• Did the interim accounts used for the purposes of making the Distribution comply with the statutory requirements under the applicable companies legislation (as now set out under section 841 under the Companies Act 2006)?

The claimants pointed out a number of deficiencies in the interim accounts used by the directors at the time of the Distribution, which were the subject of criticism by the claimants because they comprised just two sheets of paper and lacked extrinsic evidence. The Court concluded that there was however sufficient detail to meet the relevant statutory requirements. The claimants also alleged, however, that certain assets were substantially overvalued and some liabilities wrongly excluded. Ultimately Mr Justice Zacaroli concluded that the Distribution was not rendered unlawful either on the basis of insufficient distributable profits or inadequate interim accounts.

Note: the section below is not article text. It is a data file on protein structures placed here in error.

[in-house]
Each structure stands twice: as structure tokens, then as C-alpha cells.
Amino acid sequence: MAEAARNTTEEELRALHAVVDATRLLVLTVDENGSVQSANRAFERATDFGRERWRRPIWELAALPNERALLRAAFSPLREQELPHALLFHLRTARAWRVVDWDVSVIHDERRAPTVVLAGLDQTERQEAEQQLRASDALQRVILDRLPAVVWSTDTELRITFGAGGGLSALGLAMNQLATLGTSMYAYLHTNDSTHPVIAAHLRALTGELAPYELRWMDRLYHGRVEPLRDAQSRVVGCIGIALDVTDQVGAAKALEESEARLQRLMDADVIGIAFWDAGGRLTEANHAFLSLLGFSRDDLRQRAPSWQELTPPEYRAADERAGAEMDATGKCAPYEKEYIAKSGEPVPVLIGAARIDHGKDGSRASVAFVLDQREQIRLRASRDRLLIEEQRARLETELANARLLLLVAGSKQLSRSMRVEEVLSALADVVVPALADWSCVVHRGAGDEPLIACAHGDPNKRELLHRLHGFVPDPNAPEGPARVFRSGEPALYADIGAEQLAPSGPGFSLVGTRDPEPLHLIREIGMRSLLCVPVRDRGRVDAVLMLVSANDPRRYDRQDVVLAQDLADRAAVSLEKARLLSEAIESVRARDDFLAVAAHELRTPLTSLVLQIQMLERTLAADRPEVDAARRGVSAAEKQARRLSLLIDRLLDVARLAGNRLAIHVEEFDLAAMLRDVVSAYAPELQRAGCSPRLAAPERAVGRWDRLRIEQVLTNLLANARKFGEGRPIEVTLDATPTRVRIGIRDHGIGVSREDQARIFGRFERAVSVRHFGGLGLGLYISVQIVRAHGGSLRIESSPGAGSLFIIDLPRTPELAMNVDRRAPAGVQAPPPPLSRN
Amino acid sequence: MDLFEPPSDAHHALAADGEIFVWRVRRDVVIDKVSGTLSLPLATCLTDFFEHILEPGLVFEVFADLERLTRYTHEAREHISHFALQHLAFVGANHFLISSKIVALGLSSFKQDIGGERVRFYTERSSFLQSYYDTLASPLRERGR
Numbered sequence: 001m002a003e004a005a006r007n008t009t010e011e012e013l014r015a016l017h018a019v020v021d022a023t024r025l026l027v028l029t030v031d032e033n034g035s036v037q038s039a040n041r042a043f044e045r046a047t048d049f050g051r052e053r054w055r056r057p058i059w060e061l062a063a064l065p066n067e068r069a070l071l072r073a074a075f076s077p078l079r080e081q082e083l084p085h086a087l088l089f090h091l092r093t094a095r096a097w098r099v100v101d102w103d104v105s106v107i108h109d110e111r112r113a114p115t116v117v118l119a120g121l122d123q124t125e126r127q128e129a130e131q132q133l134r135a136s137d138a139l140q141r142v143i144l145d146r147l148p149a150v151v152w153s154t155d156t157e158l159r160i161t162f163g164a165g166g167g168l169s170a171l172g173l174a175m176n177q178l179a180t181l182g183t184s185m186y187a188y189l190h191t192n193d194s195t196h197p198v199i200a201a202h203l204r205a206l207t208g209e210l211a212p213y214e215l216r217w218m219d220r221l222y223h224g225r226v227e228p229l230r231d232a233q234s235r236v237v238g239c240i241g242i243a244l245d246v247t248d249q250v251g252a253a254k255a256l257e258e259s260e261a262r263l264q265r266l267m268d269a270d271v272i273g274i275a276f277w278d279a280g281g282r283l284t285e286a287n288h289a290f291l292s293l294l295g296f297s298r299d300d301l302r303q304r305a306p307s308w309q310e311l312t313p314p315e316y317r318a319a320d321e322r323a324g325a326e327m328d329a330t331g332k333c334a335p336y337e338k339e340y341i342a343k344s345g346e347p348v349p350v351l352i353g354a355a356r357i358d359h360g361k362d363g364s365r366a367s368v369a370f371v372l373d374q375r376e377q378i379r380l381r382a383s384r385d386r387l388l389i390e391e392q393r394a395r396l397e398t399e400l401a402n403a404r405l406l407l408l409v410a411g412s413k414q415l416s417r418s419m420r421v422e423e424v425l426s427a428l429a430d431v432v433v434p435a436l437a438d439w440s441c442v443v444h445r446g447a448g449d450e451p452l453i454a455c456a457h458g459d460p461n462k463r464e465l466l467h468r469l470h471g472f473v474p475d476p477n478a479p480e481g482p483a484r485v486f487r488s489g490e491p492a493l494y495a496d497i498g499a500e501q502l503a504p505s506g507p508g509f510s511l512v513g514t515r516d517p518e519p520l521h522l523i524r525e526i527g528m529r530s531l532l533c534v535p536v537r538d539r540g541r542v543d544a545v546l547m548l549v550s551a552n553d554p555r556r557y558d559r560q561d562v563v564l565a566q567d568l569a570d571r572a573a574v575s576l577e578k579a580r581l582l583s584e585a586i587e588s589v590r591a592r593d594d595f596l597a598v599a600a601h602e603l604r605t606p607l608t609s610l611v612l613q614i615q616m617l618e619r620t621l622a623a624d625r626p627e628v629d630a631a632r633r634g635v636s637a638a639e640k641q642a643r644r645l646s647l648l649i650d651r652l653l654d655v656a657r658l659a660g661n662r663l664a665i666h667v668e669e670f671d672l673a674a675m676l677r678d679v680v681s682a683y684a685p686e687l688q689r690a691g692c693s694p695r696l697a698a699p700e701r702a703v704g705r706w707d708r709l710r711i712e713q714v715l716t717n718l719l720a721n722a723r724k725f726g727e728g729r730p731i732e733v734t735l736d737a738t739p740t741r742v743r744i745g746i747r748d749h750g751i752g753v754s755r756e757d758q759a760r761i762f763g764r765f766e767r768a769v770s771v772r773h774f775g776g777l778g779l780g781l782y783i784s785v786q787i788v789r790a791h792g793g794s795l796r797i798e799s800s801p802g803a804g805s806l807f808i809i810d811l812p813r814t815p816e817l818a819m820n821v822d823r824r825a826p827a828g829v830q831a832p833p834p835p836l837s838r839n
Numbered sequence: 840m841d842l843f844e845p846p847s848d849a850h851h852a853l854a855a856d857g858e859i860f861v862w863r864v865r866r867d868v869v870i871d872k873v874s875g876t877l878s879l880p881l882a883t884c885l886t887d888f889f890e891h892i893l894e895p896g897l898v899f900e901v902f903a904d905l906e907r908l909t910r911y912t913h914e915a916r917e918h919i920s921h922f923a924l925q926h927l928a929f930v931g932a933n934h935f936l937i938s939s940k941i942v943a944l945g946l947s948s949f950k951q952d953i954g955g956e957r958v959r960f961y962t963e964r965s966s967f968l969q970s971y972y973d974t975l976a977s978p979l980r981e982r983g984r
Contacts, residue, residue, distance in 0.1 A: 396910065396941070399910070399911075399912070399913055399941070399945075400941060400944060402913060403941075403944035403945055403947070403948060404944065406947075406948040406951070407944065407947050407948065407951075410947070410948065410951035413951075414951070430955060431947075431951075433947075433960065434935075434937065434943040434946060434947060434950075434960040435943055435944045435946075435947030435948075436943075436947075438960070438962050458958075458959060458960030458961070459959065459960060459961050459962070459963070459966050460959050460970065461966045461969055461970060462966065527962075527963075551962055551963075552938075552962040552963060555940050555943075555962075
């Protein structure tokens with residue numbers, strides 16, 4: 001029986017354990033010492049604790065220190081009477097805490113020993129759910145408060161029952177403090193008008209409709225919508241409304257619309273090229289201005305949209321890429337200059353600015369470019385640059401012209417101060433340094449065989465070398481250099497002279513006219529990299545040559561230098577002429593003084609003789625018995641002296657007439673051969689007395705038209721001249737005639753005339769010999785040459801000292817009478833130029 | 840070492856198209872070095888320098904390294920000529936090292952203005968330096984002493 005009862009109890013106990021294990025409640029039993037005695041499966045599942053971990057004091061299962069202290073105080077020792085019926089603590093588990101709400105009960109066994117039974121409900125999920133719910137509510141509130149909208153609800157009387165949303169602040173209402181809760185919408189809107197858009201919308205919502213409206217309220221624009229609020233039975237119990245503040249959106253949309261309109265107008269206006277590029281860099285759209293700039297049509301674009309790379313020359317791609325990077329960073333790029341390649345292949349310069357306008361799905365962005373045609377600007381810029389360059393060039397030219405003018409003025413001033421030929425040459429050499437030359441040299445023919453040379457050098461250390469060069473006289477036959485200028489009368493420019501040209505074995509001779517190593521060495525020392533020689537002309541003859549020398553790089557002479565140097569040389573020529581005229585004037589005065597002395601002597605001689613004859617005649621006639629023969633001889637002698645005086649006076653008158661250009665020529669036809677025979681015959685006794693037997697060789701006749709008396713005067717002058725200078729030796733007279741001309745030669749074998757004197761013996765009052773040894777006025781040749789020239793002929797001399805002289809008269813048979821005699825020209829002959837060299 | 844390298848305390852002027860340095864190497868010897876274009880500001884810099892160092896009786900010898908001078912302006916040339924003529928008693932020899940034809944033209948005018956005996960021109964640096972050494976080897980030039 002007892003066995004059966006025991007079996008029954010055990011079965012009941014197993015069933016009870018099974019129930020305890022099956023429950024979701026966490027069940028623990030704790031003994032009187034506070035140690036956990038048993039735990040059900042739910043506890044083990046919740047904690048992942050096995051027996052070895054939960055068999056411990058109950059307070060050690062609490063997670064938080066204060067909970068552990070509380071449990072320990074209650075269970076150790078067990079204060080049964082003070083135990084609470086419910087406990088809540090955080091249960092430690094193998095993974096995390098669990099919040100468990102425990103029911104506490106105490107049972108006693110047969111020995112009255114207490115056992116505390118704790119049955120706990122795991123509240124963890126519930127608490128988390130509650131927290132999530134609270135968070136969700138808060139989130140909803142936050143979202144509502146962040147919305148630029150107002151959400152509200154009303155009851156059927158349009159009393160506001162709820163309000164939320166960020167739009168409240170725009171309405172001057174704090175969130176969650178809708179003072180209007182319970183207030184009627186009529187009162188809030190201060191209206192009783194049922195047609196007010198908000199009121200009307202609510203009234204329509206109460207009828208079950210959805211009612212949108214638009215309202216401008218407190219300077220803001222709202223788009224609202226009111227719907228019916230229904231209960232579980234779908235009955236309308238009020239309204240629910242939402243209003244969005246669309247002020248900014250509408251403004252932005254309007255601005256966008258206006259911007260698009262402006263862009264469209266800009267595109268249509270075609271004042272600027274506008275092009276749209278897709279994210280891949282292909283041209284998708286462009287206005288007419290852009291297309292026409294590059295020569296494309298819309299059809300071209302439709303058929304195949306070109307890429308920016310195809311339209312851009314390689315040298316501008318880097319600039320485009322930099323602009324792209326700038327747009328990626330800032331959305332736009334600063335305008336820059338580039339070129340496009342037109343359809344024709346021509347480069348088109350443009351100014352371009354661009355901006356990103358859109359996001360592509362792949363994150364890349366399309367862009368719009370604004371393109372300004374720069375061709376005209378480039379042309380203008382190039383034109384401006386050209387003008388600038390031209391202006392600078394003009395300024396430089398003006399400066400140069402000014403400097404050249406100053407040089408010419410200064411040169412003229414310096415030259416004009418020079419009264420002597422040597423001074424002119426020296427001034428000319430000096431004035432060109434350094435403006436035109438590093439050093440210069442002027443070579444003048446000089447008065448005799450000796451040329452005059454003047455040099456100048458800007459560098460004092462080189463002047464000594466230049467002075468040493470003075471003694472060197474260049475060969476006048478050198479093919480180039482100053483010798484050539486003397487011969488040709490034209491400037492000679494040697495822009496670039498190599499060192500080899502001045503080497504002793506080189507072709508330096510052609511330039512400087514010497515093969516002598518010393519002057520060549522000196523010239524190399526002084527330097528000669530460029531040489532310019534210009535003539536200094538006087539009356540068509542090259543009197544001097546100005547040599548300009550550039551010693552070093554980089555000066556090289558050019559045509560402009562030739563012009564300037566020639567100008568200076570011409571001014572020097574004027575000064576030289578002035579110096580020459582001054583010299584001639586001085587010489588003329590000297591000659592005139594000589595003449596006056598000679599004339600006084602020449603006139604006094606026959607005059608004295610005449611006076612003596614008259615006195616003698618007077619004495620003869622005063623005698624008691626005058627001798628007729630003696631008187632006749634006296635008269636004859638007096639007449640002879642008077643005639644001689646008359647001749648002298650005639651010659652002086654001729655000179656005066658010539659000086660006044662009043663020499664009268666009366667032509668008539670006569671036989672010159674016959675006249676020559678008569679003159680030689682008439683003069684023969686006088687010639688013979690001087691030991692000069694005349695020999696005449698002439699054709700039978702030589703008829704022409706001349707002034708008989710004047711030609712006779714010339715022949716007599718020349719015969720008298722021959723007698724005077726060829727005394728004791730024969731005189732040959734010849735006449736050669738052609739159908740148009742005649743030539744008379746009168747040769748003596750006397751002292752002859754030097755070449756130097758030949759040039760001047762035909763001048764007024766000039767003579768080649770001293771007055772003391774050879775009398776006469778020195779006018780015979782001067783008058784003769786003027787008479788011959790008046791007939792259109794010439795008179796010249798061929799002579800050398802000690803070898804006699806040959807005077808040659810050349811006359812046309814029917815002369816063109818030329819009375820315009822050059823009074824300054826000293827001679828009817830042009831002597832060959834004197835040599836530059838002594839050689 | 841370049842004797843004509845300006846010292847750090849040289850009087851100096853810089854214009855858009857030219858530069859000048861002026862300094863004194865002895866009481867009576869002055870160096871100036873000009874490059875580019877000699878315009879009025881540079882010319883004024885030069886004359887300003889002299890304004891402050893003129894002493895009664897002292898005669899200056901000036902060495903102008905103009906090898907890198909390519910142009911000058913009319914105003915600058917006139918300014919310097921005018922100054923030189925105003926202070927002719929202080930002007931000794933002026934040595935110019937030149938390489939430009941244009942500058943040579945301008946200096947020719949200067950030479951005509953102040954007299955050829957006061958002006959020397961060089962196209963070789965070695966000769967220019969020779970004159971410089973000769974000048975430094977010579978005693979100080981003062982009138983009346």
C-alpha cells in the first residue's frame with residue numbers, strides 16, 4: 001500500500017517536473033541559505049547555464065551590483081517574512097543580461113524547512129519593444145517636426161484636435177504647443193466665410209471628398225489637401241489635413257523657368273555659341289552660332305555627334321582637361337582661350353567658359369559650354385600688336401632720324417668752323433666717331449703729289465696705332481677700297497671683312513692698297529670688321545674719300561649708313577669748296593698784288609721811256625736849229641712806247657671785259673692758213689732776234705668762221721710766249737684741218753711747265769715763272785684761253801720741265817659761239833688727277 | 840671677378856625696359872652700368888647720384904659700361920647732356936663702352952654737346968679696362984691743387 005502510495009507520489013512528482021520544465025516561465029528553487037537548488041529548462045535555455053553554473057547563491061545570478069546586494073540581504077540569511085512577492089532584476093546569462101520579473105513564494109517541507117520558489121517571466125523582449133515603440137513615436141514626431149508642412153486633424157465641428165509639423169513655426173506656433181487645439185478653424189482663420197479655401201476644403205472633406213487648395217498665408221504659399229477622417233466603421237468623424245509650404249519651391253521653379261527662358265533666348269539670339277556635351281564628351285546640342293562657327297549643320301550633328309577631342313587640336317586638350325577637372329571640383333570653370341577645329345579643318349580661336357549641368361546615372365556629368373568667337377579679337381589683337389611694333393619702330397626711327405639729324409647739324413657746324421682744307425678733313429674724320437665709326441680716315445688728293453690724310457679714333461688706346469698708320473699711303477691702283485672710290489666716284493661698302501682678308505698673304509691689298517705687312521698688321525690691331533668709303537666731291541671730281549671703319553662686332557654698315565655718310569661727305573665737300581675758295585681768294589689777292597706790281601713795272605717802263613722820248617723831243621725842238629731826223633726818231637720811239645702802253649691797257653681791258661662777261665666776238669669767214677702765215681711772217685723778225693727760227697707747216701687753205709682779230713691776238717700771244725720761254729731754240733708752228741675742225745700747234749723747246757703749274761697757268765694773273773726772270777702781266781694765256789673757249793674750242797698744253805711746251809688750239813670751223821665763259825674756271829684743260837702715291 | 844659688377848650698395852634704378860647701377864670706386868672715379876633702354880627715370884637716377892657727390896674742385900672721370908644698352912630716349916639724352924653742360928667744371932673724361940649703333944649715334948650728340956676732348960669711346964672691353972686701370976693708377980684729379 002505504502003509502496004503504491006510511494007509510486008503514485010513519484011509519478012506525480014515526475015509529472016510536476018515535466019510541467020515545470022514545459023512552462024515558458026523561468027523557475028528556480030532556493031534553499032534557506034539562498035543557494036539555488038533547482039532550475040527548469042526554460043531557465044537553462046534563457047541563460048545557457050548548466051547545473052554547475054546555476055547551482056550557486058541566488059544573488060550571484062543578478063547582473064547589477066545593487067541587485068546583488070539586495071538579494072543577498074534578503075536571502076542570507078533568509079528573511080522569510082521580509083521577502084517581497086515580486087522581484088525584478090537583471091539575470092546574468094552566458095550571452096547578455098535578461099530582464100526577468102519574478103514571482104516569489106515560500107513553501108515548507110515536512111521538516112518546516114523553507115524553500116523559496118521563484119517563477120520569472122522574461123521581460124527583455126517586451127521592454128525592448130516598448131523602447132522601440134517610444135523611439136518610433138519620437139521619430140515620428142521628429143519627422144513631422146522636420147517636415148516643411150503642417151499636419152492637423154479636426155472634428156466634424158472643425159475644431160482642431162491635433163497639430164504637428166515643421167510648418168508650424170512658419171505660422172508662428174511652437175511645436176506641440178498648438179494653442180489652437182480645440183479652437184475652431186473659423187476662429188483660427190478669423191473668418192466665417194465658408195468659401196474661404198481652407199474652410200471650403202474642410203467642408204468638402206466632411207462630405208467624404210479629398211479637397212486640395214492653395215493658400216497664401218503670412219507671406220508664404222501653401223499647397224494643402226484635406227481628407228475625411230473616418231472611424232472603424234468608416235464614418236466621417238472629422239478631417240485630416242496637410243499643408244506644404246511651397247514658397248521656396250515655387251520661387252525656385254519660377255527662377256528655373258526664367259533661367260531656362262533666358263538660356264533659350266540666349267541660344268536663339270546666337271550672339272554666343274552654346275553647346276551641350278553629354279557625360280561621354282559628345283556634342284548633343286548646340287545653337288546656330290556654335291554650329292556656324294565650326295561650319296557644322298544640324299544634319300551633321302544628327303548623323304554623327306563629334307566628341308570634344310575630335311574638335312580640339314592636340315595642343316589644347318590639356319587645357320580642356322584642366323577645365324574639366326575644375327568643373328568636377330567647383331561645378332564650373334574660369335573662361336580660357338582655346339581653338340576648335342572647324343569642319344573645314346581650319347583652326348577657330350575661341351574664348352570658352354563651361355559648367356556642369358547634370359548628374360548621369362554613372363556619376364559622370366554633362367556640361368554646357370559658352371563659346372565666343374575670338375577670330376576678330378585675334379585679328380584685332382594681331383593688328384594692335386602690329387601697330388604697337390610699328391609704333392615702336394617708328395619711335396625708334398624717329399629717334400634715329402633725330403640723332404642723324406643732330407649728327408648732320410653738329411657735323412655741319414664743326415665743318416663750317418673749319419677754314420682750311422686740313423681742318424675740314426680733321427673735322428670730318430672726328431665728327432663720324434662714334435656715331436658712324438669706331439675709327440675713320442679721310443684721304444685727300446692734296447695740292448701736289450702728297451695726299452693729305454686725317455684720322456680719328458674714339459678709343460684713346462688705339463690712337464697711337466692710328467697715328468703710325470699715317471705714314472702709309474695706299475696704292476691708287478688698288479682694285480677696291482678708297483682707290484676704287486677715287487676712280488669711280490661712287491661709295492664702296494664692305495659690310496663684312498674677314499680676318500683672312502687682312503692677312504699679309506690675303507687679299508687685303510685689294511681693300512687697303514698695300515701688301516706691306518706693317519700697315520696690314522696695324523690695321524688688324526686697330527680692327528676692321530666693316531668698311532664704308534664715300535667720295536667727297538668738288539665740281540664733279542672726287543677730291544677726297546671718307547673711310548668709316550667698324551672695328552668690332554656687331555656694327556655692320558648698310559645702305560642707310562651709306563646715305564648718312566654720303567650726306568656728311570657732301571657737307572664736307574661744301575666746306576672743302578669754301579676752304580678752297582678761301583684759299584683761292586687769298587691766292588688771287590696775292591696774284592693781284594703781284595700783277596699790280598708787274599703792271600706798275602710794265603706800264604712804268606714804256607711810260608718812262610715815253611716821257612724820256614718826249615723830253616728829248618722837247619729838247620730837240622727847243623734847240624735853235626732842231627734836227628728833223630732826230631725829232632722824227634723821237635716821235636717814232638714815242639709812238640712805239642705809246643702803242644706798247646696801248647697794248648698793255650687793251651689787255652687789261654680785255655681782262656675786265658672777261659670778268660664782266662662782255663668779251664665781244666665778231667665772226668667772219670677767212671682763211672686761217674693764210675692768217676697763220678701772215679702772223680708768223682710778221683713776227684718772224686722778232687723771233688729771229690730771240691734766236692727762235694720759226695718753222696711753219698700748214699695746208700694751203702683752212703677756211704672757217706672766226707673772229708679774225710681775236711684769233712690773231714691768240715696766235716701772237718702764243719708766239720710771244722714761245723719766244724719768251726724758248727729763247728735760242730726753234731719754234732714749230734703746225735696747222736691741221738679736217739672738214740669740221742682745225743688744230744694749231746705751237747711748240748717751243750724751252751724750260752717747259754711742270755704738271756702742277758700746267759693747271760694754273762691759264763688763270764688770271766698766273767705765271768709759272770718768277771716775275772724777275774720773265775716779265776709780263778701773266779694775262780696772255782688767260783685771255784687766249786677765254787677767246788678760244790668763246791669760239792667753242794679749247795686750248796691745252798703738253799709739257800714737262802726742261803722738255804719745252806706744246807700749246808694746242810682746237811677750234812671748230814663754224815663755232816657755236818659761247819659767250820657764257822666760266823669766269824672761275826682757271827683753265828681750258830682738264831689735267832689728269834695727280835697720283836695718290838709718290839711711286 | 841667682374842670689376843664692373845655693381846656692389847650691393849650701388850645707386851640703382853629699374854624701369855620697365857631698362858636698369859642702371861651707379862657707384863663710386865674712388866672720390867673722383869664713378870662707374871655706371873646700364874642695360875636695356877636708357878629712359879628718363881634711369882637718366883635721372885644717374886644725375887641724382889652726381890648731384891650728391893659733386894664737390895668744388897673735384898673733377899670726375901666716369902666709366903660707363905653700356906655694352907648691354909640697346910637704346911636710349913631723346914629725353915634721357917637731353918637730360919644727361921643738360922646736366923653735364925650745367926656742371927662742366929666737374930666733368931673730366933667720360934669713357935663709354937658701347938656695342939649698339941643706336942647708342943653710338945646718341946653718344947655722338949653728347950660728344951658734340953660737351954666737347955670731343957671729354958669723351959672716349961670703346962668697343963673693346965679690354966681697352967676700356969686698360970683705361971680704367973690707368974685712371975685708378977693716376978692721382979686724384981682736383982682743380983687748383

• Did the Distribution amount to a dishonest breach of fiduciary duty by Mr and Mrs Fielding under section 172(3) of the Companies Act 2006?

Having concluded that Mr and Mrs Fielding were not at fault in causing the Distribution to be made, and having considered that it was reasonable for them to have relied upon the advice of different professionals in preparing the interim accounts and concluding that they were acceptable, the Court then considered whether they had nonetheless breached their duties under section 172(3) of the Companies Act 2006. This is the section which imposes a duty on directors to promote the success of a company for the benefit of its members as a whole, but which (under section 172(3)) switches that duty so that in certain circumstances directors must consider or act in the interests of creditors of the company instead. Applying Sequana, the High Court noted that the duty switched from the members to the creditors when the company is or is likely to become insolvent, where “likely” means probably.